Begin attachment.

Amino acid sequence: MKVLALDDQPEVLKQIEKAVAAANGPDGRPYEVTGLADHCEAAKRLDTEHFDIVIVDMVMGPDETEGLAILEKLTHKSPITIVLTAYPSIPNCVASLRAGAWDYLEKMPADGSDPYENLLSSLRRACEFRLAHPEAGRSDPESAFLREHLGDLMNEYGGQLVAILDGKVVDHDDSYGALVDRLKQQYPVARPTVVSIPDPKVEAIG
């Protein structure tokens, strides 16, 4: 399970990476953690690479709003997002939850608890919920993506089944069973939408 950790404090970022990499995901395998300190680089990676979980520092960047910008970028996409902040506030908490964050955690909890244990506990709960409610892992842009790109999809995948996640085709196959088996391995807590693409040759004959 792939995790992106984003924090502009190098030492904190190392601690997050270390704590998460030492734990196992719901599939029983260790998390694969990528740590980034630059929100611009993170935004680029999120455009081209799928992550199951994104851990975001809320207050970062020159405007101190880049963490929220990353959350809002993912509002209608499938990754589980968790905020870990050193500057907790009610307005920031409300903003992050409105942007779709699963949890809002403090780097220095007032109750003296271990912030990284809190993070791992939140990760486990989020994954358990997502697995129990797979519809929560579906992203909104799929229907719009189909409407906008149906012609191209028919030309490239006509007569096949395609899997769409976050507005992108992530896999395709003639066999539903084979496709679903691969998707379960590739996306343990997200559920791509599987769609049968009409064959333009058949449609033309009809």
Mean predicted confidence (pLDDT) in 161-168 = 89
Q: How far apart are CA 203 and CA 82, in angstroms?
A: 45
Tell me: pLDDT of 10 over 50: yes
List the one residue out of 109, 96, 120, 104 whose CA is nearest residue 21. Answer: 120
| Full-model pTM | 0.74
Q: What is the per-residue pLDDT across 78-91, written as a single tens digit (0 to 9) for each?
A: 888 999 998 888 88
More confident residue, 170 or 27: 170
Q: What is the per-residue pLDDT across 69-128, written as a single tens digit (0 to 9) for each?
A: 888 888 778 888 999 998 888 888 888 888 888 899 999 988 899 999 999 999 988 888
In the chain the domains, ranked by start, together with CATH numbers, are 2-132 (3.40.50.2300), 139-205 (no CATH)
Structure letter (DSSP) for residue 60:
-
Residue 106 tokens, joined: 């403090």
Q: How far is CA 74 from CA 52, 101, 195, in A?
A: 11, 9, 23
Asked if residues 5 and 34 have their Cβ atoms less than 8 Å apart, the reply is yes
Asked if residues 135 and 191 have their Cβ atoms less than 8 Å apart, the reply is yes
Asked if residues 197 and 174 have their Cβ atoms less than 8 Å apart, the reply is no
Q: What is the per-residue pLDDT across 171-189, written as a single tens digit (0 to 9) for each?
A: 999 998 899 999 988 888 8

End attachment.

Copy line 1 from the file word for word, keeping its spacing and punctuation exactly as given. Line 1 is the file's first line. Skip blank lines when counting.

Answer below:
Amino acid sequence: MKVLALDDQPEVLKQIEKAVAAANGPDGRPYEVTGLADHCEAAKRLDTEHFDIVIVDMVMGPDETEGLAILEKLTHKSPITIVLTAYPSIPNCVASLRAGAWDYLEKMPADGSDPYENLLSSLRRACEFRLAHPEAGRSDPESAFLREHLGDLMNEYGGQLVAILDGKVVDHDDSYGALVDRLKQQYPVARPTVVSIPDPKVEAIG